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Wine, classical music, art. We all like them – well, at least we think we ought to like them but how many times have we all heard (or thought) the words “I don’t really know very much about it but I know what I like when I see it”.
I guess we are all guilty of some lazy thinking in these areas. It saves having to challenge oneself. (That said, I have always made strenuous efforts to push my boundaries in relation to wine).
The challenge came my way again. Very recently, I was in London with a couple of hours to spare and so I went to the Veronese exhibition at the National Gallery. It was one of those exhibitions which had been heavily trailed in the press as a “must see.”
If I’m honest, I sometimes go to these things because I think I ought to and come away feeling distinctly underwhelmed. The ticket prices are often significant, queues long and then one has have the pleasure of moving around in a phalanx of people really unable to spend any time on any one picture. However, the Veronese was a revelation. Overwhelming. (Read what one critic wrote – I agree!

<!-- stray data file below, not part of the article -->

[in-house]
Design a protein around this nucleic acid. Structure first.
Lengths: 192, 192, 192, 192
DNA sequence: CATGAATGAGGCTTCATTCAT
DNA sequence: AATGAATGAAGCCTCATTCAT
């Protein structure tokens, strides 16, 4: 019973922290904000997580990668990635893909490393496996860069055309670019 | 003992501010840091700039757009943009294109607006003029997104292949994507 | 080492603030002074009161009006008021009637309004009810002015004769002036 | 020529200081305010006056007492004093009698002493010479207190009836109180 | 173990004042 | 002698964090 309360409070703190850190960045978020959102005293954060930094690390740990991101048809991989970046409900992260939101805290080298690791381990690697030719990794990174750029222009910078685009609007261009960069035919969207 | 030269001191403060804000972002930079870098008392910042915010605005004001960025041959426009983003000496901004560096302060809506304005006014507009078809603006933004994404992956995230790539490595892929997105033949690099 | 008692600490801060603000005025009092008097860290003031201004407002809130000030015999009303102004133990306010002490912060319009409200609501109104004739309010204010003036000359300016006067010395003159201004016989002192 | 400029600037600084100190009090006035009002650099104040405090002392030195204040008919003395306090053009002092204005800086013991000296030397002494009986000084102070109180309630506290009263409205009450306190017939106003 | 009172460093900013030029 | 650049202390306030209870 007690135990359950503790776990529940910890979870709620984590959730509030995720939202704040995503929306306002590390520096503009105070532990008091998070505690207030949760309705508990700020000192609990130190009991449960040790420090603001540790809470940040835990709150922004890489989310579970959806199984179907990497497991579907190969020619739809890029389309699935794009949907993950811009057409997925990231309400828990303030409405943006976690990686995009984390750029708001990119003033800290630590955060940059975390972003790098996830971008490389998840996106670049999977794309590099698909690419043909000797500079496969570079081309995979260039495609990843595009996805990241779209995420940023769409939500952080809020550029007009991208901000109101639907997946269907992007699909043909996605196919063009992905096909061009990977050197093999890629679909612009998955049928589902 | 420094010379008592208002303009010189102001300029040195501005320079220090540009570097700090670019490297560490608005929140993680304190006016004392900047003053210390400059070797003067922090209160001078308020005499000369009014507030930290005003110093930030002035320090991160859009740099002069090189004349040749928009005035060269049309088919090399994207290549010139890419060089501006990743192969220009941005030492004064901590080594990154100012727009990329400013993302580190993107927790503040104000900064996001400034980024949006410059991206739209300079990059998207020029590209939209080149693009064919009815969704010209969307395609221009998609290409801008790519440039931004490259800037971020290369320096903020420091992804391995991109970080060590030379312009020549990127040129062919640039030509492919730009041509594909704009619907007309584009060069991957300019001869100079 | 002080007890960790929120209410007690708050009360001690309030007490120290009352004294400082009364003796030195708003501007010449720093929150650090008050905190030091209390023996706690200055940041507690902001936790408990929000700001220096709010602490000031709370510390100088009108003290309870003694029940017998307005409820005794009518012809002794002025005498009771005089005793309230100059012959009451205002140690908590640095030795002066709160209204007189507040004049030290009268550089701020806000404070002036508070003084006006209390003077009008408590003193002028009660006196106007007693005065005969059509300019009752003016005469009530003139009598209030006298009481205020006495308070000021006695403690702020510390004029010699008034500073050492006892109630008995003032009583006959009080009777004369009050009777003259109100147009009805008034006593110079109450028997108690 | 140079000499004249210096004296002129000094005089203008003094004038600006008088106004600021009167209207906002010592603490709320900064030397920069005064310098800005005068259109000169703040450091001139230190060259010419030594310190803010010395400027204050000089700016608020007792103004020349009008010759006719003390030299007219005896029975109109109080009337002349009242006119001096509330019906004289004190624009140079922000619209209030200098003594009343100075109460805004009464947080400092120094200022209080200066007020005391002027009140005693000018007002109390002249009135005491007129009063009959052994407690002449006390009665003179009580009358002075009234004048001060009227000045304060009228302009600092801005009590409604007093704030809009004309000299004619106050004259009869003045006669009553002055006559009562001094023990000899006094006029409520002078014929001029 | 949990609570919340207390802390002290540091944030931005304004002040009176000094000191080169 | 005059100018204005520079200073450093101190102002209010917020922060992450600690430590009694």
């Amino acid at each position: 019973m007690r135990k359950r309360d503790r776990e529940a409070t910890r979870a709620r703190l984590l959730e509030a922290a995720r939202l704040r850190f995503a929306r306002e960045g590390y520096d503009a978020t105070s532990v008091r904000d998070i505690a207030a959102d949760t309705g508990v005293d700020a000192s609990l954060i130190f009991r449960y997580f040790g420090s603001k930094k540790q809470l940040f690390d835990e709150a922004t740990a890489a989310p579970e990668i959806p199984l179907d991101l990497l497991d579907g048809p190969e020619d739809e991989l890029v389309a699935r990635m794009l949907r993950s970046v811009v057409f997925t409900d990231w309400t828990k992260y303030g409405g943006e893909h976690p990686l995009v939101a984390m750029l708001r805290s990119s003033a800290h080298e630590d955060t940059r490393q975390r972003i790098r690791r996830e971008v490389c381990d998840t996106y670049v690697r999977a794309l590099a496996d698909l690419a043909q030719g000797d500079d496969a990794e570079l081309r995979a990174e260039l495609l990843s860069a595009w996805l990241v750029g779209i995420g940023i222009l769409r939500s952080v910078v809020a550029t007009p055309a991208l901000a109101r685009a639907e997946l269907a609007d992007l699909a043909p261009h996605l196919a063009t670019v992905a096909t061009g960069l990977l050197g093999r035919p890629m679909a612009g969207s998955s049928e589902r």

Two days later, I went to the launch of the “Somewhat Abstract” exhibition at the Nottingham Contemporary. It’s worth seeing, names from over the last hundred years and thus a good spread of “contemporary” over that period.
But, I have been trying for years to see what others clearly see and feel far more easily than me in contemporary art. My problem is that whilst some abstract art does communicate meaning or even a feeling, there are times when one’s underlying concern is that the artist is merely poking fun at a rather serious chin stroking audience.
The Contemporary has examples of both. I enjoyed the video installation of a large block of London flats. I suppose I could “see the point.” However, at several points in the exhibition rooms, there were jars, clearly part of a set, each apparently containing food colouring, but all bearing a portentous description that Private Eye would have shuddered at and, to cap it all, from a famous national collection. I just didn’t get it.
Maybe that’s the point. One doesn’t have to try as hard to understand the basic idea behind a “traditional” painting. One can just enjoy without thought. But in pushing one’s boundaries and struggling to understand contemporary art, does that mental process in fact makes one think more deeply about all art?
It’s a thought… (And then, talking of boundaries, there was the “re imagined” Chekov play in Serbo Croat with English surtitles – but that’s for another day)
Ps Both exhibitions are running for a few weeks yet. See them